Yen steadies after plunge in wake of Japan election

TOKYO Mon Dec 17, 2012 6:48pm EST

A foreign currency broker smiles in front of an displaying foreign exchange rate at a dealing room in Tokyo December 17, 2012. REUTERS/Yuriko Nakao

A foreign currency broker smiles in front of an displaying foreign exchange rate at a dealing room in Tokyo December 17, 2012.

Credit: Reuters/Yuriko Nakao

TOKYO (Reuters) - The yen steadied in early Asian trade on Tuesday after skidding to its lowest level against the U.S. dollar in over a year and a half in the previous session, while the euro held its ground on hope of progress in the U.S. "fiscal cliff" impasse.

The yen plunged after Japan's conservative Liberal Democratic Party won a landslide victory in the election at the weekend, ahead of this week's Bank of Japan meeting at which many expect the central bank to take further easing steps.

The euro was seen as benefiting from an improvement in risk appetite on hopes of a progress on the U.S. budget stalemate. U.S. President Barack Obama and top Republican John Boehner met at the White House on Monday to discuss how to avert tax hikes and spending cuts that economists fear could push the economy into recession.

The euro mostly shrugged off comments on Monday from European Central Bank President Mario Draghi, who reiterated concerns over slow growth of Europe's economy.

"It seems that policymakers are still worried about the euro zone's economic outlook but euro/dollar continues to hold steady thanks to the rally in equities and the Federal Reserve's balance sheet expansion," said BK Asset Management managing director Kathy Lien in a research note.

At its policy meeting last week, the U.S. Federal Reserve announced a new round of monetary stimulus steps.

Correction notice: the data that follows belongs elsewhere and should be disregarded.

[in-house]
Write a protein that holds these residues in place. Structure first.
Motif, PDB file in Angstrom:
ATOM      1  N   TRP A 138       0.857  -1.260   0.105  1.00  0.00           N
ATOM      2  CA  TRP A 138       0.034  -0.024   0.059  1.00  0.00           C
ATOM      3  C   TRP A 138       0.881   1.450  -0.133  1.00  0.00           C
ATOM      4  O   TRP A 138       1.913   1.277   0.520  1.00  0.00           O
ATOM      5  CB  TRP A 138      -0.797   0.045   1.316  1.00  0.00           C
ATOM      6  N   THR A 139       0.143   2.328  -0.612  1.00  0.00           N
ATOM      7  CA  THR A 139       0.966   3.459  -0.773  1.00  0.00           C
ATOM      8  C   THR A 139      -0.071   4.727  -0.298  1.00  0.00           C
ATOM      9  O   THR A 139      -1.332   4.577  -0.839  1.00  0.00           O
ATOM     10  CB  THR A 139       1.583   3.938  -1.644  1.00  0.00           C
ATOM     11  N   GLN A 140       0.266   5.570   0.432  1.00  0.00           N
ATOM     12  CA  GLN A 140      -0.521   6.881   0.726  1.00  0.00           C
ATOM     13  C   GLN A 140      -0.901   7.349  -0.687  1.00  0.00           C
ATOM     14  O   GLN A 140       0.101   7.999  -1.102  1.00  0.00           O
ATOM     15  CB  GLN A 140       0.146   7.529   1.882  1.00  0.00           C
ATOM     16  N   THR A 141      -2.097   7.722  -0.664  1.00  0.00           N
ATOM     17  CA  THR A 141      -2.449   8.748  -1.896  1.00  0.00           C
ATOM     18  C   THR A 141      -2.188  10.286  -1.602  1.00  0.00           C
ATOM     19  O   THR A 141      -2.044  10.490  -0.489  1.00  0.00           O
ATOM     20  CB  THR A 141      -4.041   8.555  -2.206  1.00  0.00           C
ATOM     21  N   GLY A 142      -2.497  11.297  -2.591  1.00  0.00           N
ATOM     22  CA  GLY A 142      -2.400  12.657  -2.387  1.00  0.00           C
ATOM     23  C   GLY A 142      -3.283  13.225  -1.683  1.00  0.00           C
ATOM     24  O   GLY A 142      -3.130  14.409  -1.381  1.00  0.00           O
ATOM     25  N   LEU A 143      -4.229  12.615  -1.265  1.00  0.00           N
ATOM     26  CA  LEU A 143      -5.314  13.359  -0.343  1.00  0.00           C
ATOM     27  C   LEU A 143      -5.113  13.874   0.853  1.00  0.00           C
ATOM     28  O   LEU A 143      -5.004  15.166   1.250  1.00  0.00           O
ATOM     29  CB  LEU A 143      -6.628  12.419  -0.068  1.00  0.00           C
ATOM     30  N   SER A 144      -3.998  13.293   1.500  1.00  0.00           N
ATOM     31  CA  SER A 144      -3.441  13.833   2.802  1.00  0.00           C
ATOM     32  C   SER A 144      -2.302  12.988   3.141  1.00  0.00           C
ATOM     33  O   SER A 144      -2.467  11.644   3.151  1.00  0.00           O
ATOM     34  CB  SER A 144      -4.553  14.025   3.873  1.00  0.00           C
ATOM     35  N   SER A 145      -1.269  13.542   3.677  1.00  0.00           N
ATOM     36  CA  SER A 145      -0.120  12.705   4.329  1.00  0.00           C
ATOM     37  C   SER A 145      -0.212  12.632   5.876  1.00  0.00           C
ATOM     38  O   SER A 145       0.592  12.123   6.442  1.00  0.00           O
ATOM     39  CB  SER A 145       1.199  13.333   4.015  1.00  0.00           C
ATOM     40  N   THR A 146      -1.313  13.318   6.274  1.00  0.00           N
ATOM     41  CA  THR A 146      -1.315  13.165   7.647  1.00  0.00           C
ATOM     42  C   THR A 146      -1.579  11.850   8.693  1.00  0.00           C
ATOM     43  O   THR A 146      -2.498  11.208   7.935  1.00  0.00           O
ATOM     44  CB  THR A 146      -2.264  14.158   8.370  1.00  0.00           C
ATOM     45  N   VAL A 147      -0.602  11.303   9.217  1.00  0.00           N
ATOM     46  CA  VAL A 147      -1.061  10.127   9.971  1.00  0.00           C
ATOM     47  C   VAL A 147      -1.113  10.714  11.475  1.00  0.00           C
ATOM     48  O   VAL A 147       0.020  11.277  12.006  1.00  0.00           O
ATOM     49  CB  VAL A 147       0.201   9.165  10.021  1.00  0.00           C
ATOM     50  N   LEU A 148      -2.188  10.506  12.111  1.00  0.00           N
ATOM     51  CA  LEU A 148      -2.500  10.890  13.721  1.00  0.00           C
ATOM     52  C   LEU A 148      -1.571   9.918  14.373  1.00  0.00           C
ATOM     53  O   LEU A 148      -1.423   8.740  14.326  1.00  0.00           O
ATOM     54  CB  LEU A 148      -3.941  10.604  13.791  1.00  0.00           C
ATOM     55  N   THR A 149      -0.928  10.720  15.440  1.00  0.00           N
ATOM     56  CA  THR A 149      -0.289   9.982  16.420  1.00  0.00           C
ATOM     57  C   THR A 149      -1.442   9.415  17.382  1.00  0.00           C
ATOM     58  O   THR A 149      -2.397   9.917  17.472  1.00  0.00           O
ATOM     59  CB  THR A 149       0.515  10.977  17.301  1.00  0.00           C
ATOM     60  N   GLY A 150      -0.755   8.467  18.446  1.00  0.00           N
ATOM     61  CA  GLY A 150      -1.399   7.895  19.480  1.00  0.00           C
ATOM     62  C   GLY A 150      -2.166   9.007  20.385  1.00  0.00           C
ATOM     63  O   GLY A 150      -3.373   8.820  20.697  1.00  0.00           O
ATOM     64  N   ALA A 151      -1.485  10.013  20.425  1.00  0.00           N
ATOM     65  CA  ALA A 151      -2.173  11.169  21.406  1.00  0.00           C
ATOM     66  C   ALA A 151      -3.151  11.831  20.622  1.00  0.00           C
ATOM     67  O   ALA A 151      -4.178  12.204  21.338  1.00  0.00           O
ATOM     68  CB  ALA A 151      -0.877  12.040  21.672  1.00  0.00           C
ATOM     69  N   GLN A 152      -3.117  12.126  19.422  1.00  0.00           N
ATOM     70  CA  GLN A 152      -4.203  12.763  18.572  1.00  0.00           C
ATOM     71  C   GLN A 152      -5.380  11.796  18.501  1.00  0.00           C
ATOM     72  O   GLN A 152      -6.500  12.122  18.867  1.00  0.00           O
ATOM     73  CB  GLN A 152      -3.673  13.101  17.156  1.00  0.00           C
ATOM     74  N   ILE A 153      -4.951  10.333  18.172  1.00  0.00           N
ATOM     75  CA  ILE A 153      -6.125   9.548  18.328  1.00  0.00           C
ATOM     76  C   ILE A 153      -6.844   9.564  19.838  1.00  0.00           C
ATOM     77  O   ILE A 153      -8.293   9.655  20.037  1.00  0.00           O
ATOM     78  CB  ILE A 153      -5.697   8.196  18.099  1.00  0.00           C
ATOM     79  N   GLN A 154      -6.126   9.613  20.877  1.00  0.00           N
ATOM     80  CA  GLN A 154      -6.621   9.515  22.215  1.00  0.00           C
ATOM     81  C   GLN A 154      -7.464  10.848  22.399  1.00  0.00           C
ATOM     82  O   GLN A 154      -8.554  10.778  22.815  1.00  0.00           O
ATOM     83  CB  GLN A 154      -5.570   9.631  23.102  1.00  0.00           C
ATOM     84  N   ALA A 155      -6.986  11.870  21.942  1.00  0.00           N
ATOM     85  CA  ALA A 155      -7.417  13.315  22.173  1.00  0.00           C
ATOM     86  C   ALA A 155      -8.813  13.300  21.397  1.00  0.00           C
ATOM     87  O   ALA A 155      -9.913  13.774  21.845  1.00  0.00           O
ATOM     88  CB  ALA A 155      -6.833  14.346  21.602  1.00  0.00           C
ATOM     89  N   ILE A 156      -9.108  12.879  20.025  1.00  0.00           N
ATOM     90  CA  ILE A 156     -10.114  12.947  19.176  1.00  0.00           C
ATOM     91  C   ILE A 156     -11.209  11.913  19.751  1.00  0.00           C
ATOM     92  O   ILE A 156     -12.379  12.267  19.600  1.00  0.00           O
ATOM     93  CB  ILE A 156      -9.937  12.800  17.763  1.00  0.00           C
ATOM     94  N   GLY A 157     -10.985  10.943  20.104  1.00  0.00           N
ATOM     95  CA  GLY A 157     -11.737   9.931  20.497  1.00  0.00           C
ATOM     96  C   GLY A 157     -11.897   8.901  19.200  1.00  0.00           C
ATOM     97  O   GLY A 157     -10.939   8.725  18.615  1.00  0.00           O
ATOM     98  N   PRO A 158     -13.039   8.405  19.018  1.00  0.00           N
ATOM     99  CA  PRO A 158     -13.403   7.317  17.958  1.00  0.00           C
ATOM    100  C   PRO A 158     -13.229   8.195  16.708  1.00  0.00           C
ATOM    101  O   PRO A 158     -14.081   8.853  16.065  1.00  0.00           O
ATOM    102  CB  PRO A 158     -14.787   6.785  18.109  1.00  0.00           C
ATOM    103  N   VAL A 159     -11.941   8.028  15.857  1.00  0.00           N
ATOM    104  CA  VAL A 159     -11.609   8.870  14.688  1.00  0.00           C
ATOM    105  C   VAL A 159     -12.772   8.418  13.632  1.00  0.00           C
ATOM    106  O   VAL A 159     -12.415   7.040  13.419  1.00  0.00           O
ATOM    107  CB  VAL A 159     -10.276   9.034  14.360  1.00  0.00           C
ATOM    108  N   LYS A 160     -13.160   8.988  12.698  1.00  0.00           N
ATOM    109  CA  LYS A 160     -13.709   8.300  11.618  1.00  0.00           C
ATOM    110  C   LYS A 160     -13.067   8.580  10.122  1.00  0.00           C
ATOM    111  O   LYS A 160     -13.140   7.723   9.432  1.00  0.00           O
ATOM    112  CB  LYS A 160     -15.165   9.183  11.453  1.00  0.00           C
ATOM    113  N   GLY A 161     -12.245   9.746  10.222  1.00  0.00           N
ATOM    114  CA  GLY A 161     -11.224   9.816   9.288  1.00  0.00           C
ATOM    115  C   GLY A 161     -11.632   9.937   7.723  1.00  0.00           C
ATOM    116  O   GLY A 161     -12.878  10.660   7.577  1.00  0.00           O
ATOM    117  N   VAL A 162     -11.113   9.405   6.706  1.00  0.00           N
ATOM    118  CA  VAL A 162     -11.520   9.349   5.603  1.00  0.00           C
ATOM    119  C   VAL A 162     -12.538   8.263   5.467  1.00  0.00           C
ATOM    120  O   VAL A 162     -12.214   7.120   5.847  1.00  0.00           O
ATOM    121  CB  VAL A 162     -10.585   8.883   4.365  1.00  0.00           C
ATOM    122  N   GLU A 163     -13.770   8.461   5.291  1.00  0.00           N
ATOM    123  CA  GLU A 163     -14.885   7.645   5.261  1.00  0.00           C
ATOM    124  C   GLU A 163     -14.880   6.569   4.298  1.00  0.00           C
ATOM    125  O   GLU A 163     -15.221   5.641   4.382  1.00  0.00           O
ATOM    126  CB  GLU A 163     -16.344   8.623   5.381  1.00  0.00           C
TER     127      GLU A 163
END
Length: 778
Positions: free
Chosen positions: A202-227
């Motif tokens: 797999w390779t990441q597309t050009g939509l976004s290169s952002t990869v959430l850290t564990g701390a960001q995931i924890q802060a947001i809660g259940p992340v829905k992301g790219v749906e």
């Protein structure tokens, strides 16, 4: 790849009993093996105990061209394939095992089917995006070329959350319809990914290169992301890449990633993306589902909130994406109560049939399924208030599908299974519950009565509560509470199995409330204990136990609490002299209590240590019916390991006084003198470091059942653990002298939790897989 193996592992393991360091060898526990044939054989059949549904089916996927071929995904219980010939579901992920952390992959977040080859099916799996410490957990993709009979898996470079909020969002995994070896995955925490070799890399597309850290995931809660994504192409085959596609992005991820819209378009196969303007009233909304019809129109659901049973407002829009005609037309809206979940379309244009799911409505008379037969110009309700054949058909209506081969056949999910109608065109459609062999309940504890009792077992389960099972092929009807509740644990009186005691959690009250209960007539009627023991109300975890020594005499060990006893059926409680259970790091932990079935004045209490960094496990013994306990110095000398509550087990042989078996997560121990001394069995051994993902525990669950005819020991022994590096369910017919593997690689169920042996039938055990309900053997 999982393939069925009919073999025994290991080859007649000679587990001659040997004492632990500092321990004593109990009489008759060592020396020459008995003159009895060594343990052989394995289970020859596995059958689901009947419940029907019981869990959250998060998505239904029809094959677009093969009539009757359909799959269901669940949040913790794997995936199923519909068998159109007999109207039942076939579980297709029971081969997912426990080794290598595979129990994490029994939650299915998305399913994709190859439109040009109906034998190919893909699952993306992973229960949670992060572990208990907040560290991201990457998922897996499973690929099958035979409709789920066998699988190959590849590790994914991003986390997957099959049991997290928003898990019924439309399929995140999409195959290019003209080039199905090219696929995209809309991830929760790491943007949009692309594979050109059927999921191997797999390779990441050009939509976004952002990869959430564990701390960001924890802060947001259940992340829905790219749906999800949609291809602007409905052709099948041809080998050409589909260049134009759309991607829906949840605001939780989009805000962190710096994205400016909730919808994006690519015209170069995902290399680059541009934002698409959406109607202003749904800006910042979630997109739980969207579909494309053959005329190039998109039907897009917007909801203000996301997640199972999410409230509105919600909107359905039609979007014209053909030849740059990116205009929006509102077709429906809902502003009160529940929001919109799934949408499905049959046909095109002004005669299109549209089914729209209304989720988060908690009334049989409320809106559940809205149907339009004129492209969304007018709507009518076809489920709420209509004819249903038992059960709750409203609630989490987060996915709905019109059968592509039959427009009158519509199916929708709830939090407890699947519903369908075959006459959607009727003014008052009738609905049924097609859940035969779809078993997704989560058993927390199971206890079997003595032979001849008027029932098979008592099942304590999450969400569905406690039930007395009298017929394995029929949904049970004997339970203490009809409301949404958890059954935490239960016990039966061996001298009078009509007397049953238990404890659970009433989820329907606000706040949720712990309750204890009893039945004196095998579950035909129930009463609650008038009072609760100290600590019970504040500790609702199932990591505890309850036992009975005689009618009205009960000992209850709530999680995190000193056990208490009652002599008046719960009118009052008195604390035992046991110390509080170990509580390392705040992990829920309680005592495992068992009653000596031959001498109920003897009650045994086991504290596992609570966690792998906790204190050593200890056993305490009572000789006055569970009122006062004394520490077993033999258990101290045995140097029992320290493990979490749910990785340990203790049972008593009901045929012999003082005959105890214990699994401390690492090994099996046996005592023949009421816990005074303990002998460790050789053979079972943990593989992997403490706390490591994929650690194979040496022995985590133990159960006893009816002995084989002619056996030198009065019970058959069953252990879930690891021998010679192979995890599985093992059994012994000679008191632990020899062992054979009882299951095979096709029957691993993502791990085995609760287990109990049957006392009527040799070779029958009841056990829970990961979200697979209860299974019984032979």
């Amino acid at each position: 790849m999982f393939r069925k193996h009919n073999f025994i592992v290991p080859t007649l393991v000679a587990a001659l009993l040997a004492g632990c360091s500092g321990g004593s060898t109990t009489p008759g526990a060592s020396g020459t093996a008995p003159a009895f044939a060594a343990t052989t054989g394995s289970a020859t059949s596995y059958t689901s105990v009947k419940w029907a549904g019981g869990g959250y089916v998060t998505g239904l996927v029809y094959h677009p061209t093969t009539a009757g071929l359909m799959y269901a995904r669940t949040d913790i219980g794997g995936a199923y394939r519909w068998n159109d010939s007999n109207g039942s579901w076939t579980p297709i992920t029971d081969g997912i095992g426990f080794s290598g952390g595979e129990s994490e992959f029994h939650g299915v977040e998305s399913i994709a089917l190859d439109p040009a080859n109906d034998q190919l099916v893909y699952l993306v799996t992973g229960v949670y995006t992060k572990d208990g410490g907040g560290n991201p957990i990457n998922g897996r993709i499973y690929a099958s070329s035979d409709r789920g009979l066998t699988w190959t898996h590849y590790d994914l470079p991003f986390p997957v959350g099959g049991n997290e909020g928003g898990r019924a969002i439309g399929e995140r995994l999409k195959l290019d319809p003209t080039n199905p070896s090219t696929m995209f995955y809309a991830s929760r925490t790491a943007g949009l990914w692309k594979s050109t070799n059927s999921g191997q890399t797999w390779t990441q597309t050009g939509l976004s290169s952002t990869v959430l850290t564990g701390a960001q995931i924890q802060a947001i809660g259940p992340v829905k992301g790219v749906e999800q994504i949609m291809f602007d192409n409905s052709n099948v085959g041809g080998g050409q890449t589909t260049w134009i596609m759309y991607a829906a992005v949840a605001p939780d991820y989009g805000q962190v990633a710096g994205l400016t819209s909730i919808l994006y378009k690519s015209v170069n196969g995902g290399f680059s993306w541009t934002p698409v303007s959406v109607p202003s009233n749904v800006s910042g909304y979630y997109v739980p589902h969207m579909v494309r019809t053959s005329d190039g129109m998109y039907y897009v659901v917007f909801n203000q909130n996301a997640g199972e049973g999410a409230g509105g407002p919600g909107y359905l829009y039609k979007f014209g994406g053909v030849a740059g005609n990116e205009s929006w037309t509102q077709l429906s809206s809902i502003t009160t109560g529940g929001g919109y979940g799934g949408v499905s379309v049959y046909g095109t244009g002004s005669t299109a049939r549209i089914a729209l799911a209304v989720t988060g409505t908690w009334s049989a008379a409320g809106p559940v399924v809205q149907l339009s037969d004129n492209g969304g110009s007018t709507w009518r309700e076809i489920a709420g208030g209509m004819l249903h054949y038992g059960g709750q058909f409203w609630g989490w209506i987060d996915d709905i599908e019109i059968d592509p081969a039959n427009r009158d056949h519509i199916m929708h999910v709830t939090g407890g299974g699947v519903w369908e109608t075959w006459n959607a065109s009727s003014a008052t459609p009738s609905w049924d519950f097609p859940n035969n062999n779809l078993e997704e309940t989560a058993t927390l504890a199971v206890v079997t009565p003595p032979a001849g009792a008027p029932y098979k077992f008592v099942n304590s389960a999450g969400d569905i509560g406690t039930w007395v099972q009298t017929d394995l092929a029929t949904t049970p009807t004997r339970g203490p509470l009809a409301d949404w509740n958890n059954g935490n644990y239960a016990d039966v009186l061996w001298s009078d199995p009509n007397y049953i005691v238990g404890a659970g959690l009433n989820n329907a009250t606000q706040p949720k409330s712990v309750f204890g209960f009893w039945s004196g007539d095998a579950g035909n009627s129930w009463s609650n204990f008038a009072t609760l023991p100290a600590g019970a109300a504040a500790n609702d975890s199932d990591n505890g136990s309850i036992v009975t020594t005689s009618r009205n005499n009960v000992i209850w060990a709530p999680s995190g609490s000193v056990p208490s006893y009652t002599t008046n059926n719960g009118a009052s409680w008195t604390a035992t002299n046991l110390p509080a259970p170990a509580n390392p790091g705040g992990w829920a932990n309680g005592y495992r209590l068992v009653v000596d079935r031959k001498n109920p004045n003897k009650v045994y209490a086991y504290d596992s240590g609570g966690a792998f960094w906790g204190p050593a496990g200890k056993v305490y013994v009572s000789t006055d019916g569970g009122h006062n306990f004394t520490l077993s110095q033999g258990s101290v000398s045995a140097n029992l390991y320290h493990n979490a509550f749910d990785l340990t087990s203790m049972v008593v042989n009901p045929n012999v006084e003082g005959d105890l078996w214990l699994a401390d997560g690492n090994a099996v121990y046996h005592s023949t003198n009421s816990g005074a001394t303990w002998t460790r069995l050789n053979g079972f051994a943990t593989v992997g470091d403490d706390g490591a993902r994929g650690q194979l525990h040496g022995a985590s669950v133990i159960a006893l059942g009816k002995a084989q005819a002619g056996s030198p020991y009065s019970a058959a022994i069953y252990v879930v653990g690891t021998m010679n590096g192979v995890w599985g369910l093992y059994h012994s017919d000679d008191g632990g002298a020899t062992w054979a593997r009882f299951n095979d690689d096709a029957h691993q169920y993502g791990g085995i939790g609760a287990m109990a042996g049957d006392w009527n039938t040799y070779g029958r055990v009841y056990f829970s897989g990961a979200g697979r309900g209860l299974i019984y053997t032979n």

"No major euro zone economic reports are due for release on Tuesday, leaving the euro/dollar vulnerable to risk appetite," Lien added.

The dollar was nearly unchanged from late North American levels at 83.86 yen, after rising as high as 84.48 yen in the previous session, its highest since April 2011.

The euro stood at $1.3160, also steady from its late levels, after it touched a 8-1/2-month high of $1.3191 in the previous session.

Against the yen, the euro was nearly unchanged at 110.38 yen, after rising as high as 111.30 yen in the session following Sunday's Japan election which set the stage for the return to power of former Prime Minister Shinzo Abe.

Abe's LDP and its ally the New Komeito party secured the two thirds majority needed to overrule parliament's upper house, meaning Japan's next government will have a greater chance of pushing though its policies.

"The corrective fall in the dollar/yen after the election was small and it's crawling up because the yen weakening trend is still intact. But after the BOJ meeting, there will likely be pre-holiday profit-taking, pushing the dollar/yen down by 1-2 yen," said Yuji Saito, director of the foreign-exchange department in Tokyo at Credit Agricole Corporate & Investment Bank.

The Bank of Japan is scheduled to meet on Wednesday and Thursday, and many analysts expect the central bank to come up with additional easing steps. Sources have said the BOJ could increase its asset-buying and lending program by another 5-10 trillion yen.

(Additional reporting by Chikako Mogi; Editing by Eric Meijer)

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Comments (2)
Zephon wrote:
Currency manipulation to devalue the Yen will not address the cause of Japan’s problems.

Militarism will neither.

How about starting with immigration policy…. and fiscal conservatism.

Dec 17, 2012 1:51pm EST  --  Report as abuse
TommyPaine wrote:
There is enormous irony in the attempts by Japan to be more cost-competitive through devaluation, the Eurozone to achieve competitiveness through austerity, China to stimulate trade through cheap investment capital and the U.S. to revive manufacturing through reduced energy costs and QE. Each of these nations’ central banks and governments is taking actions which it thinks will boost its own competitive advantage and thus give it an advantage over everyone else.

The problem with this thinking is that, with an aging population in the U.S. and Japan, one below replacement levels in Europe and one nearing zero growth in China there is little real growth in demand worldwide. So these efforts to be competitive becomes a zero sum game.

Dec 20, 2012 1:49am EST  --  Report as abuse
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